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Uttarakhand: Temples devoted to Duryodhana and Karna of Epic Mahabharata

The residents of both the villages are more than happy to be associated with the eldest of the Kauravas and the abandoned son of Kunti

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Gada Yuddha in Mahabharata. Image source: Wikimedia Commons
  • The temple in Jakholi was built by local inhabitants Saur, who worship the Kauravas as their ancestors
  • The picture is completely different in Netwar, the residents are honoured of their lineage associated to Karna
  • Other temples of the Kaurava prince can be seen at Osla, Gangar and Datmir

Ever heard of a temple dedicated to someone who is widely regarded as a villain? Well, even if you haven’t, the land of gods, Uttarakhand is full of such surprises. The state has a temple dedicated to chief antagonist Duryodhana and anti-hero Karna from the Hindu epic Mahabharata.

The temples are nestled in the remote corner of Uttarakhand and both have an inimitable story attached to their establishment.

It is almost intriguing, the way people of Netwar village in Tons valley of Uttarkashi take pride in the Karna temple located in their village.

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Jakholi is only a few kilometres from Netwar and the residents of both the villages are more than happy to be associated with the eldest of the Kauravas and the abandoned son of Kunti.

Duryodhana on battlefield Image Source: New Indian Express

The temple in Jakholi was built by local inhabitants Saur, who worship the Kauravas as their ancestors. Legends have it that the local people wept so much at the death of Duryodhana in the battle of Kurukshetra that their tears became a river named Tamas (meaning sorrow).

Tamas also known as Tons, is still not used for drinking purposes as the local belief goes that the tear still continues to flow.

Duryodhana Temple is located 13 km from Sankri. He is worshipped in the upper valleys of the rivers Tons, Yamuna, Bhagirathi, Balganga and Bhilangna.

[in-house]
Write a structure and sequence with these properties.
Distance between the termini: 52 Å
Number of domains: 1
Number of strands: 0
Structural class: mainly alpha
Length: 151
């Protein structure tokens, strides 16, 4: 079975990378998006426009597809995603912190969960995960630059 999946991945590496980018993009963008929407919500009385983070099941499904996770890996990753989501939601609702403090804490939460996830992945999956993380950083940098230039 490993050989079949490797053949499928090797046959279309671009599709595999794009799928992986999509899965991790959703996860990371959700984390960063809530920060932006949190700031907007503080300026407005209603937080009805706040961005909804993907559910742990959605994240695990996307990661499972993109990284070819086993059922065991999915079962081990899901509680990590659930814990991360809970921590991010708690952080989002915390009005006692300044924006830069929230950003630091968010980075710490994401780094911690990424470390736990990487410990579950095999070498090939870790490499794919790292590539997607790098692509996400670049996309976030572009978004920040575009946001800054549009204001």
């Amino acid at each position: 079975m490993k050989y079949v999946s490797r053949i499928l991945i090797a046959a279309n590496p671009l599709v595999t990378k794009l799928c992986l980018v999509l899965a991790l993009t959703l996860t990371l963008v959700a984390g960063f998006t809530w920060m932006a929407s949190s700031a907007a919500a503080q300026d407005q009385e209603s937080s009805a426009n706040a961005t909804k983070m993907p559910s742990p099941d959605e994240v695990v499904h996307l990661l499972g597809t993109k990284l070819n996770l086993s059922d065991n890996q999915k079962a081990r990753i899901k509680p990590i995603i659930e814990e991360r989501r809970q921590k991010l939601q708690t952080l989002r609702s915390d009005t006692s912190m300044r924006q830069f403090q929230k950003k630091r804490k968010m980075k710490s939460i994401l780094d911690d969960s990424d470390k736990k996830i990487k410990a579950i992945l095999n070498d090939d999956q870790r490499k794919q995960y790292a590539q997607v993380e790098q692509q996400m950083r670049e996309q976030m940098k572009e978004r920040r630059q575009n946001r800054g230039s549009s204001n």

To the disappointment of some, it is now converted into a Shiva temple, but it has still managed to retain a gold-plated axe, which is believed to have once belonged to the Kaurava prince.

While Janak Singh Rawat, head of the temple committee, rejected any association with the Kaurava and claimed, “Our deity has always been Lord Shiva.”

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A villager on speaking to Times of India confirmed that the temple once had strong roots attached to Duryodhana and revealed, “almost nine years ago, the villagers decided to distance themselves from Duryodhana as they believed that any association with this Mahabharata character was only giving them a bad name.”

Duryodhana temple in Uttarakhand Image Source: Speaking Tree
Duryodhana temple in Uttarakhand. Image Source: Speaking Tree

It is interesting to note that there are other temples in the country as well where the Kaurava prince is worshipped, which can be seen at Osla, Gangar and Datmir.

The picture is completely different in Netwar, the residents are honoured of their lineage with ‘daan veer’(sacrificing) Karna.

The village is regularly engaged in philanthropic and charitable activities that are carried out by the funds donated by each family.

Manmohan Prasad Nautiyal, the village pradhan, told, “Karna is our ideal and our deity. We try to follow his charitable and philanthropic ideals fully. The dowry system has been officially abolished by the village committee. He said animal sacrifice was also banned.”

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  • Aparna Gupta

    There is also a temple in Kerala which is dedicated to Shakuni of Mahabharata. Its amazing that we have temples dedicated to villains.

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Uttarakhand High Court Bans the Use of Red Chilli Powder to Drive Away Elephants

Sackfuls of chilli powder and chilly bombs were used by people living on the outskirts of the 11 Elephant corridors in the state to shoo away Elephants

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Elephants
Sackfuls of chilli powder and chilly bombs were used by people living on the outskirts of the 11 Elephant corridors in the state to shoo away Elephants and reduce man-animal conflict in the region. Pixabay

After the Uttarakhand High Court banned the practice of using red chillies and chilly bombs to drive away the elephants, the local people are at their wit’s end now.

Sackfuls of chilli powder and chilly bombs were used by people living on the outskirts of the 11 elephant corridors in the state to shoo away elephants and reduce man-animal conflict in the region. However, the High Court put a stop to this on Tuesday.

The elephants from Nepal, as well as the Terai region in Uttar Pradesh, travel to Ramnagar, Corbett and the Kosi river, crossing the patch of the National Highway 121 along which the three elephant corridors — Kota, Chilkiya – Kota, and South Patlidun – Chilkiya are located.